In a lot of ways, Thanksgiving is a uniquely American holiday, from it’s tenuous connection to American History, to its overt endorsement of gluttony. Thanksgiving 2016 felt particularly and uniquely “American” as the lead up to this year’s holiday was filled with SNL sketches about how to deal with your family in a political climate that is ripe for “my conservative uncle” jokes.
This post-Thanksgiving week is known for being the jump-off to holiday shopping. Perhaps to meet the demands of our current climate, a collection of timely documentations of the American experience and much-needed escapism are hitting the shelves this week.
This enlightening history volume shows how the Bible shaped the founders’ consciousness.
Daniel L. Dreisbach’s Reading the Bible with the Founding Fathers focuses on the Bible’s significant influence on colonial America and its political philosophy. This is an engaging and scholarly survey of America’s forefathers and their religious beliefs.
As Dreisbach, a professor at American University’s School of Public Affairs, notes, the Bible—primarily the King James version—was the preeminent book of the founders’ era. It was used as a moral compass and a common source of wisdom, metaphor and general language. It became a guiding force in the rejection of British tyranny, and even the Liberty Bell bears an inscription from Leviticus.
Still, the founders were not blind followers of biblical teachings. Benjamin Franklin and Thomas Jefferson cultivated diverse interests and philosophies, with inclinations toward Deism rather than orthodox Christianity. As men of reason, they also did not care for fire-and-brimstone superstitions or the concept of a vengeful God.
Dreisbach’s chapter on Jefferson’s perception of Jesus Christ is particularly fascinating. While Jefferson believed that Christ’s teachings were exemplary and even “perfect,” he rejected mystical aspects of Christ, including the virgin birth, the resurrection, and some of the miracles attributed to him. To create his own abridged Bible, Jefferson literally excised sections with “scissors and paste pots.” However, Dreisbach stresses how Jefferson realized his theories were not for everyone, and that he freely admitted to being “of a sect by myself.”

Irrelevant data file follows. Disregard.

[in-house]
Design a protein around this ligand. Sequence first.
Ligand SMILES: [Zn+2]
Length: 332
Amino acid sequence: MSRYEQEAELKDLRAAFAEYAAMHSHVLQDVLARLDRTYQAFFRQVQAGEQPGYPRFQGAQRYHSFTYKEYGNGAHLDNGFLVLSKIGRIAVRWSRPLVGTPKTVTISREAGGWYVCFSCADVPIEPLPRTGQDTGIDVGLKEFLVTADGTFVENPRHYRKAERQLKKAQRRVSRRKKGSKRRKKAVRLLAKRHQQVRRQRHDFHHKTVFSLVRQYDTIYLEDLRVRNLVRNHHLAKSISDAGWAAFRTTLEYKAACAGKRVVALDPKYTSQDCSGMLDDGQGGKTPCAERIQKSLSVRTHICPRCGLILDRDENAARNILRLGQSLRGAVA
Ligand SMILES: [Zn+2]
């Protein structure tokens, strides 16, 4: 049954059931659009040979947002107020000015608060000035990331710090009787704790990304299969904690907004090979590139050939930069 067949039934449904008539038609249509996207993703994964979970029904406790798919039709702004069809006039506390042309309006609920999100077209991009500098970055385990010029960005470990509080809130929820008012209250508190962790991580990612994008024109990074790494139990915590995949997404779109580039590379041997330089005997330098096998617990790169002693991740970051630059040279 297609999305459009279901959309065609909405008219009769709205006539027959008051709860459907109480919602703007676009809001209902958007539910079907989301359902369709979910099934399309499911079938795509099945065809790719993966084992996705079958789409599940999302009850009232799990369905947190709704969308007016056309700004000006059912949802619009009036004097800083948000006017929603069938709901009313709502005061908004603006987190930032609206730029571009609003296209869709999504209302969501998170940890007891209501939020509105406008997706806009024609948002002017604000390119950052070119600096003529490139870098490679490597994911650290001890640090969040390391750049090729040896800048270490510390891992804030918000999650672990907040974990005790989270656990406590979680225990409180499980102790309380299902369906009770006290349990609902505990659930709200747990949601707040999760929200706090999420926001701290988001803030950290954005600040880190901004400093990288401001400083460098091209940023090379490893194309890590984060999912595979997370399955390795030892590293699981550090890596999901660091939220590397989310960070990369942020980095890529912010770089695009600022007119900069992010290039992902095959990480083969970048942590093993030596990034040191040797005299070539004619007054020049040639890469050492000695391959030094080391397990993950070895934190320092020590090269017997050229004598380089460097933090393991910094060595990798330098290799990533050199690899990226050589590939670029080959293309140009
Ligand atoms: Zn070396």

Contrasts are drawn. The nation’s original biblical ideology looked for upstanding leaders, without “deceit and hypocrisy, guile and falsehood”—qualities now not often associated with American politics. And as slaveholders, both Washington and Jefferson clearly did not apply biblical concepts of liberty to all peoples. Still, George Washington’s ideal of American liberty, taken from the book of Micah, that they shall sit every man under his vine and under his fig tree, and none shall make them afraid, endures, in America’s history and its hopes.
Dreisbach’s Reading the Bible with the Founding Fathers in an enlightening historical volume.
MEG NOLA (November 18, 2016)
Impellizzeri does well with the small details that make her characters feel like real people.
In Secrets of Worry Dolls, Amy Impellizzeri winningly weaves together the stories of a mother and daughter, using large-scale tragedies to explore the smaller tragedies of her characters and the experiences they kept from one another. Both women are well drawn, and their stories take surprising turns that deepen their relationship.
The main narrative takes place in the months leading up to December 2012, the date the long-count Mayan calendar ended, with chapters set “X days before the end of the world.” The daughter, Lu, decides at the last minute not to take a flight from New York City to her mother’s childhood home of Guatemala—a flight that crashes in her neighborhood shortly after takeoff. With her mother, Mari, in a coma and their home damaged, Lu learns some of Mari’s most closely held secrets.
Both characters’ perspectives come in the first person, with chapters alternating between Lu and Mari. Lu’s story takes place mostly in the present, while Mari’s sections look back on her life. The women give their perspectives on major events, like losing Lu’s twin sister and Mari’s husband in the terrorist attacks of September 11th, and on smaller ones, like meeting boyfriends and searching for meaning. In many cases, Lu and her mother share things that they had never shared with one another before, and the gaps in their knowledge inform their development. Both Lu and Mari are three-dimensional, flawed but relatable, and their parallel stories of the past and present build upon one another well.
Secrets of Worry Dolls finds its way to an earned ending true to its characters, and to the world events that exact influence on them. Impellizzeri does well with the small details that make her characters feel like real people. This is a strong and memorable work of fiction.